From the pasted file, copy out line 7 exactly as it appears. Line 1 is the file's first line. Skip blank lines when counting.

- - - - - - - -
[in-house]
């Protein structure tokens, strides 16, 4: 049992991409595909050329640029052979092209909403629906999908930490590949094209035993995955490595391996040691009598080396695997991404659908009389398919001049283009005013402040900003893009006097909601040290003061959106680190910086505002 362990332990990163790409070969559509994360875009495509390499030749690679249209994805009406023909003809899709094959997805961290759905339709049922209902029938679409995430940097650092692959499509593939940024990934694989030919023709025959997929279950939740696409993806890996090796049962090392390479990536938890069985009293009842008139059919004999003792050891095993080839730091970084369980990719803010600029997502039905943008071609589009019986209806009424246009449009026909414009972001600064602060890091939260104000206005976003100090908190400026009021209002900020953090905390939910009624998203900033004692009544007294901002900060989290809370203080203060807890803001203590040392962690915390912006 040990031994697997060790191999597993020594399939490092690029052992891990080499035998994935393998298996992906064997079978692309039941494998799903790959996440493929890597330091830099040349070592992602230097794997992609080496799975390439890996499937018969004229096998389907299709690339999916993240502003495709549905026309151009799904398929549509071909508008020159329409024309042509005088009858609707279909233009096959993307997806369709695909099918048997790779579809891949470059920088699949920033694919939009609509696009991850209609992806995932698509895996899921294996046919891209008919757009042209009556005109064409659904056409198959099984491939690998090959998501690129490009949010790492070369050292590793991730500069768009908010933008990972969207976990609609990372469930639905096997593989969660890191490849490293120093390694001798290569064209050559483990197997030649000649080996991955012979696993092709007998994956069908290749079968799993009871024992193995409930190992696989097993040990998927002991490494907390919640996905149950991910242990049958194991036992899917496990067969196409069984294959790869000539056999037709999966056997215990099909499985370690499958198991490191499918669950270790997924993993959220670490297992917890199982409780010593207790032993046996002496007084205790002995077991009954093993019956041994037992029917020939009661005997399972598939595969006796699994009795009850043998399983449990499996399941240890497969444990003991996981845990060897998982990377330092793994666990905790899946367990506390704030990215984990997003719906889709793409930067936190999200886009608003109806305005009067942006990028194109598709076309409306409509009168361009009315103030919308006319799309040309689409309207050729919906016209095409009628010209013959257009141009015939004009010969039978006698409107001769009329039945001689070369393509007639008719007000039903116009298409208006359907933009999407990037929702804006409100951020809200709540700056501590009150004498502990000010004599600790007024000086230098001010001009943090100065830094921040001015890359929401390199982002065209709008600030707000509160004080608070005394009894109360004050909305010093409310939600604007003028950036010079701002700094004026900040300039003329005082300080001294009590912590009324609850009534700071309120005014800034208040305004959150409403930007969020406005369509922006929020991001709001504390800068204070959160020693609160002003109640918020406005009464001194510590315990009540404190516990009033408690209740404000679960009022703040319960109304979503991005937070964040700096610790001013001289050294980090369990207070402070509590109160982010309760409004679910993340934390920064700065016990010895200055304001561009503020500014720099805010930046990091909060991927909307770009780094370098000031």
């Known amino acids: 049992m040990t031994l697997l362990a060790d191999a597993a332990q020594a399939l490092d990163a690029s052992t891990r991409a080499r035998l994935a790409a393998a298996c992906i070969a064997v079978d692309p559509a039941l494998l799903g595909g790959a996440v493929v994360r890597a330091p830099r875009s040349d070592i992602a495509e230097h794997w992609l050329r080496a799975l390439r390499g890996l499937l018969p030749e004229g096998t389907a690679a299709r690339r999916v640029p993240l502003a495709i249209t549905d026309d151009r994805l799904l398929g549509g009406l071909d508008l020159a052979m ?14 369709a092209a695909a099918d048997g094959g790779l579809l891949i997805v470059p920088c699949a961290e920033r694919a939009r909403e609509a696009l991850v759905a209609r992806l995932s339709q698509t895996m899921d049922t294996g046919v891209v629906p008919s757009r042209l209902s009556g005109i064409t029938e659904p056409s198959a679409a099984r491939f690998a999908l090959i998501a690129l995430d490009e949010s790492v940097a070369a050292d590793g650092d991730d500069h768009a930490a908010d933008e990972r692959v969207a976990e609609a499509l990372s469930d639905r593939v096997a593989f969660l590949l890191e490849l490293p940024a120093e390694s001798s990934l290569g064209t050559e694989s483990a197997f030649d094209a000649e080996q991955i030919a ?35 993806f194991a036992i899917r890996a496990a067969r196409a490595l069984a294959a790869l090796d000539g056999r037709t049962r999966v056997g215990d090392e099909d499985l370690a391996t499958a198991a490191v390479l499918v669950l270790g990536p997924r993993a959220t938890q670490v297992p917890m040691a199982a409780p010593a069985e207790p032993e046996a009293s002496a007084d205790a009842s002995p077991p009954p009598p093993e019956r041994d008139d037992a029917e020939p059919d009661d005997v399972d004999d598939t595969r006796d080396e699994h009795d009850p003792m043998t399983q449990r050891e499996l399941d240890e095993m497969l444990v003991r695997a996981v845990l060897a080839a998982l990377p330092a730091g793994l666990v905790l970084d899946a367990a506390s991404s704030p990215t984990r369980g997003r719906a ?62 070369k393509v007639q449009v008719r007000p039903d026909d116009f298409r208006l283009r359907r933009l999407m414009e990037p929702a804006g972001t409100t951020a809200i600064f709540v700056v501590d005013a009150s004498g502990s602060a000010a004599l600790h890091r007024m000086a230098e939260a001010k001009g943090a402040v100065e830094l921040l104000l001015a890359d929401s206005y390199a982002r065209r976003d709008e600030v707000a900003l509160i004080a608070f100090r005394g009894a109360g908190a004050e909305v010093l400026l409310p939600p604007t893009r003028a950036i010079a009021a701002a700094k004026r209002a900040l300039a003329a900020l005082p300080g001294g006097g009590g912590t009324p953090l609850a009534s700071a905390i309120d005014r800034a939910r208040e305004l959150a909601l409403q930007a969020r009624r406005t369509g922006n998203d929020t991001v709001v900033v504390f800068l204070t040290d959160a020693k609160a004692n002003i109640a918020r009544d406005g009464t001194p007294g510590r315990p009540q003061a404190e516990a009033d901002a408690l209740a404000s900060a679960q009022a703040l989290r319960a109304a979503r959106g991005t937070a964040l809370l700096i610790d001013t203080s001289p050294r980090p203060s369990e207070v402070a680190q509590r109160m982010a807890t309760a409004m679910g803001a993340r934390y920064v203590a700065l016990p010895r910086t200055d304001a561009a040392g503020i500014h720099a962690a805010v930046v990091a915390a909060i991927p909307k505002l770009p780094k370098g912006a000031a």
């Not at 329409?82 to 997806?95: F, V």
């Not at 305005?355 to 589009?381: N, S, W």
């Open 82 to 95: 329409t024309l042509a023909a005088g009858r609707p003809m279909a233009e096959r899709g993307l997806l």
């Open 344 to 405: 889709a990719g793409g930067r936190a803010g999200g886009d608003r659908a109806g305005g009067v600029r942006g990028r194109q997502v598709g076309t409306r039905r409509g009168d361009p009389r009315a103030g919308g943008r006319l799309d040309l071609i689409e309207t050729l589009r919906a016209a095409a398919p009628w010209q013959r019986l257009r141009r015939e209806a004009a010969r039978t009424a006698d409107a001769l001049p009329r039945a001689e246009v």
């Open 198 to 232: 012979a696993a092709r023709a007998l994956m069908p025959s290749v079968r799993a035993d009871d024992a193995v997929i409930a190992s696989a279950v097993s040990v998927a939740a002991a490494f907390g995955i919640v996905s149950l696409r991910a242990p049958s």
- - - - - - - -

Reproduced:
């Open 344 to 405: 889709a990719g793409g930067r936190a803010g999200g886009d608003r659908a109806g305005g009067v600029r942006g990028r194109q997502v598709g076309t409306r039905r409509g009168d361009p009389r009315a103030g919308g943008r006319l799309d040309l071609i689409e309207t050729l589009r919906a016209a095409a398919p009628w010209q013959r019986l257009r141009r015939e209806a004009a010969r039978t009424a006698d409107a001769l001049p009329r039945a001689e246009v």